Tinio noted that the delay in payments seems to be due to problems in the processing of the honoraria at DBM and DepEd central office. “There were similar problems last year, which caused a six-month delay in the payment of teachers. We were hoping that the problems have been ironed out by now, but evidently they haven’t. Unfortunately, it’s the teachers that suffer.”

Tinio warned that this could be the plight of tens of thousands more contractual kindergarten teachers once the DepEd implements universal kindergarten education in June. “We can expect more of this same situation starting next June, if these problems are not addressed.”

The ACT Teachers representative vowed that he would push for the regularization of contractual kindergarten teachers and their inclusion in the coverage of the Salary Standardization Law.#

ACT Teachers representative hails release of kidnapped teachers in Agusan del Sur

ACT Teachers Party-List Representative Antonio Tinio today hailed the news of the release of all remaining hostages held by armed men in Prosperidad, Agusan del Sur.

“We’re happy that all students, teachers, and school officials have been released unharmed, although no doubt they have been traumatized by their experience,” said Tinio.

He insisted that the kidnapping incident could have been prevented had proper security measure for schools been put in place. “After a similar incident in 2009, involving more or less the same perpetrators, the authorities should have taken steps to keep this from happening again. Lessons must be learned and concrete steps taken to ensure the safety of students and teachers particularly in remote areas.”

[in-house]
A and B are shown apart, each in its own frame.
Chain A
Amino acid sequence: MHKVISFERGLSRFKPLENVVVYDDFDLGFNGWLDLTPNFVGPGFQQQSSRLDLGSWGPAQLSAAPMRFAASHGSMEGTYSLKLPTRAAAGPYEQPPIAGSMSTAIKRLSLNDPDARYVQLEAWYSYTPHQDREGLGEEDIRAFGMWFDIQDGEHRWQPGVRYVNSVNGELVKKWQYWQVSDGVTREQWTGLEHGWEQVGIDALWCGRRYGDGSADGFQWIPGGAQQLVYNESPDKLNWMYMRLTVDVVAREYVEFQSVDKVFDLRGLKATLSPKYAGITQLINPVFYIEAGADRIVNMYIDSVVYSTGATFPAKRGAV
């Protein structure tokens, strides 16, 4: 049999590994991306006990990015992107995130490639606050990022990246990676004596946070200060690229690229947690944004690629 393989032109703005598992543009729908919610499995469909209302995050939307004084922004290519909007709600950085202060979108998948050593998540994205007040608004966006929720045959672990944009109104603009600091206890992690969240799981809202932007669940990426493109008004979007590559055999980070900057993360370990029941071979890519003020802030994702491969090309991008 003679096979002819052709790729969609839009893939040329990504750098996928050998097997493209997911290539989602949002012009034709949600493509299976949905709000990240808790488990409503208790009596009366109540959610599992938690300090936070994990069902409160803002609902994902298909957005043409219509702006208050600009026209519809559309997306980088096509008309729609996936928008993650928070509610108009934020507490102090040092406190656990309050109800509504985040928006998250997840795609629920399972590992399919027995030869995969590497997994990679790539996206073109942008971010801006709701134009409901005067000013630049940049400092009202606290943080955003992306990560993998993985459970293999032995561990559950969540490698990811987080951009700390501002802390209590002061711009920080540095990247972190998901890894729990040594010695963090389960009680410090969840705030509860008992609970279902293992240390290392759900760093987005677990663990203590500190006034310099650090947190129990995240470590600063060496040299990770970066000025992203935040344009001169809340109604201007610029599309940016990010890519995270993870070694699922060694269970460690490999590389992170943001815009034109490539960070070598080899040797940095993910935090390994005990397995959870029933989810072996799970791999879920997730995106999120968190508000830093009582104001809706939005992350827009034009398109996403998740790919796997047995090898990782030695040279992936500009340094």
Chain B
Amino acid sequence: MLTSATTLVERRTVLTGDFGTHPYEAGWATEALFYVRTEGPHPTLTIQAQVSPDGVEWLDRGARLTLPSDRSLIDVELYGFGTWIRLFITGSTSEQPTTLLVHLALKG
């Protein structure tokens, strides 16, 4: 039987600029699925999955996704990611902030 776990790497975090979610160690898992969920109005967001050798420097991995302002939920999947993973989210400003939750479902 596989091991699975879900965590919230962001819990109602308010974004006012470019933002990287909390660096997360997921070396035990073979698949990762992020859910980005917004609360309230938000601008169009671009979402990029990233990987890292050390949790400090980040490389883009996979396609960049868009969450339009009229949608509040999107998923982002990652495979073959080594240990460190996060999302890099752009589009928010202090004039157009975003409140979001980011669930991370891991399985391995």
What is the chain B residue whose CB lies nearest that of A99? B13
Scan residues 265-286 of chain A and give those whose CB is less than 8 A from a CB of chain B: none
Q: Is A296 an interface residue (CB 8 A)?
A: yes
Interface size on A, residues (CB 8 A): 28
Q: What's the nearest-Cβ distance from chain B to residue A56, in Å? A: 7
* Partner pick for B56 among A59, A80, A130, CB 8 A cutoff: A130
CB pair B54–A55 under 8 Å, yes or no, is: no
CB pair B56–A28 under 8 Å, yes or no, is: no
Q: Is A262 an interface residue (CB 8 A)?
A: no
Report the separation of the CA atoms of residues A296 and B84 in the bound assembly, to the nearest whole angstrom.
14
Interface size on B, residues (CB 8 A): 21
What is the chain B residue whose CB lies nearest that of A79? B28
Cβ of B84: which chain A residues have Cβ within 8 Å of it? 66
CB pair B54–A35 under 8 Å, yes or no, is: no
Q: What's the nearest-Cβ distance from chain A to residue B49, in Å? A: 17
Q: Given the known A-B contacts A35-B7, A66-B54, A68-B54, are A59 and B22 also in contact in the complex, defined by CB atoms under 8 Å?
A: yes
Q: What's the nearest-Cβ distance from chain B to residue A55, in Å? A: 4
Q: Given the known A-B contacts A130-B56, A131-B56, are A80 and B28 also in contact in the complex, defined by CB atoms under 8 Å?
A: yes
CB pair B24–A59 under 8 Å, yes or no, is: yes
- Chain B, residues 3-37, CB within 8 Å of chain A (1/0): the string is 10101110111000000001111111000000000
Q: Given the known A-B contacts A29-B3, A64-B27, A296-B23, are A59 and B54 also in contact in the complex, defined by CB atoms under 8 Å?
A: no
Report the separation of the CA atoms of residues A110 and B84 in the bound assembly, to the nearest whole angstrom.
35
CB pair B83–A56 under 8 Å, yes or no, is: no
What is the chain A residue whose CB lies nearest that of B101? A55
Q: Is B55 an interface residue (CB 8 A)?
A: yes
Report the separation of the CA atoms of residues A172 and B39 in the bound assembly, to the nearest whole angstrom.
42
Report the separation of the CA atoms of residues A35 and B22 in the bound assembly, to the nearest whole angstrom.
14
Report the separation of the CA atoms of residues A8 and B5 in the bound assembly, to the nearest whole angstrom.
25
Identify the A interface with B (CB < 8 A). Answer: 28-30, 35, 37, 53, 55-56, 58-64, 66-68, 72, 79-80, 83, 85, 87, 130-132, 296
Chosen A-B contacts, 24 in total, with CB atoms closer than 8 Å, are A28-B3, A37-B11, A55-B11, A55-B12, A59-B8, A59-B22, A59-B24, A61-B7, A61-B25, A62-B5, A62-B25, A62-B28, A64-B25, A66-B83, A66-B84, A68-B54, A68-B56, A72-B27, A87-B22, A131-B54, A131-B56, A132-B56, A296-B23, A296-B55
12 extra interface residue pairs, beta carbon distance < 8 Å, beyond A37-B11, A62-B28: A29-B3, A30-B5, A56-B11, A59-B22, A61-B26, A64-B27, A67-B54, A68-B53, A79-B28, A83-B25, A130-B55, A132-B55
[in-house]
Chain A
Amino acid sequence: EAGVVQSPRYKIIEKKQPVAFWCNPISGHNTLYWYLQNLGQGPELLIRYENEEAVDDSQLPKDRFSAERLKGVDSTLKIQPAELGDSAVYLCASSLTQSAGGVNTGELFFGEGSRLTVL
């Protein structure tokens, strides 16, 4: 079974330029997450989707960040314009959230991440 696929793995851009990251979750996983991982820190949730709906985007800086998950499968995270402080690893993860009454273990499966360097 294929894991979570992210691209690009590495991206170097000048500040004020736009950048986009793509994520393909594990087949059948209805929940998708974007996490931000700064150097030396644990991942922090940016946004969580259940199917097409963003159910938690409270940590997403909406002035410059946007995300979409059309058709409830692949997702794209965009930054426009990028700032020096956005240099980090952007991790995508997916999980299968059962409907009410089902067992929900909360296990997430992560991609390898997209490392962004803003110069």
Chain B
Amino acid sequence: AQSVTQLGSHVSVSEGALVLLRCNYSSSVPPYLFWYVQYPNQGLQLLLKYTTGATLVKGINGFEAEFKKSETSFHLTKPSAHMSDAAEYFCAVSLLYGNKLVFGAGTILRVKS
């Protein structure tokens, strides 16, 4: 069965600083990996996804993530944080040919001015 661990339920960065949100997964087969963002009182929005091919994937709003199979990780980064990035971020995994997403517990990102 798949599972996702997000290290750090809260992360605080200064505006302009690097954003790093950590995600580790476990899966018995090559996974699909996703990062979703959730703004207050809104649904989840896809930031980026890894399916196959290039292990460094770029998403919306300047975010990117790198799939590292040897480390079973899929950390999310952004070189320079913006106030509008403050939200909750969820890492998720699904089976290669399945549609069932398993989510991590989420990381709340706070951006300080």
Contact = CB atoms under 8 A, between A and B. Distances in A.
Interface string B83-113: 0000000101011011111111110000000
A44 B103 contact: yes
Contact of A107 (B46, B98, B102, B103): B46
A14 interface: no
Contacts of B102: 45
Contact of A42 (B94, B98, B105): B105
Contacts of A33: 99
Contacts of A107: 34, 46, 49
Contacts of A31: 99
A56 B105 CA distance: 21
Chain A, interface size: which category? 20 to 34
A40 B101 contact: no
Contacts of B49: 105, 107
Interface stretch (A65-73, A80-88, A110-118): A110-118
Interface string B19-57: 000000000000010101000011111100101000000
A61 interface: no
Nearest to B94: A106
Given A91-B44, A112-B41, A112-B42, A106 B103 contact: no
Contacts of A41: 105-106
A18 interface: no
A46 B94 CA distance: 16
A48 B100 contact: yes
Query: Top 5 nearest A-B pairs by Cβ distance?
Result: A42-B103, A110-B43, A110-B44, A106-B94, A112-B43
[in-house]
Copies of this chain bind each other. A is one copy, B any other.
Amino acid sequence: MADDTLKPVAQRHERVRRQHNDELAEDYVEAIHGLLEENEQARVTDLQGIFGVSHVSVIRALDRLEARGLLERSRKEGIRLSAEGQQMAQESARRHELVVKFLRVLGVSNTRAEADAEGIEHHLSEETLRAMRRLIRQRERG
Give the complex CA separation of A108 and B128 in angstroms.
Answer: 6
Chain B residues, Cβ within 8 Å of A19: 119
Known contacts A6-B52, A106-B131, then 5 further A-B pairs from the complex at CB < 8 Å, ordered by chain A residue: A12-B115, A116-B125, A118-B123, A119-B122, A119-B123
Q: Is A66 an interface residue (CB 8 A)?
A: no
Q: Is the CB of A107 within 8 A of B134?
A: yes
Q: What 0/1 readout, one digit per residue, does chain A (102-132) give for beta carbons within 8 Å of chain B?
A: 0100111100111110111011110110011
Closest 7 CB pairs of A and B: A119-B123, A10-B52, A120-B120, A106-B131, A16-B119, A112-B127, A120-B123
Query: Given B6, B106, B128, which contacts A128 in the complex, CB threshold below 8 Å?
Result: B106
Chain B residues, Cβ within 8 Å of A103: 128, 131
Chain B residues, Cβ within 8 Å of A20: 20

Tinio recalled that the Agusan del Sur kidnapping was only one of many such incidents involving teachers. “In 2010, there were kidnappings of teachers in Zamboanga City and Zamboanga Sibugay as well as in Sulu. In one incident, a school principal was beheaded by his captors.”

“These series of kidnappings cannot be allowed to continue. It’s high time that the national government give priority and attention to providing adequate security for our teachers, especially those who dedicate themselves to serving in far-flung communities,” said Tinio.

The ACT Teachers representative called on the Department of Education, the Philippine National Police, and the local governments to work together to provide better security for schools. “There should be more police visibility, particularly in the remote areas, whether through the assignment of personnel in the schools, setting up of checkpoints and outposts at strategic places, and the like. Barangay officials and the local community should also be involved in keeping schools secure.”

Tinio also urged the national government to redouble efforts to disarm private armed groups, many of them former members of the government militia known as CAFGU, and to ensure that perpetrators are brought to justice and punished. “At the moment, the kidnappers remain at large. They must be caught and punished. Impunity must not be allowed to prevail.”

Tinio is set to file a resolution calling for a Congressional investigation into the lack of security provided to teachers and students in schools, particularly in remote areas, in the light of the recent kidnappings. #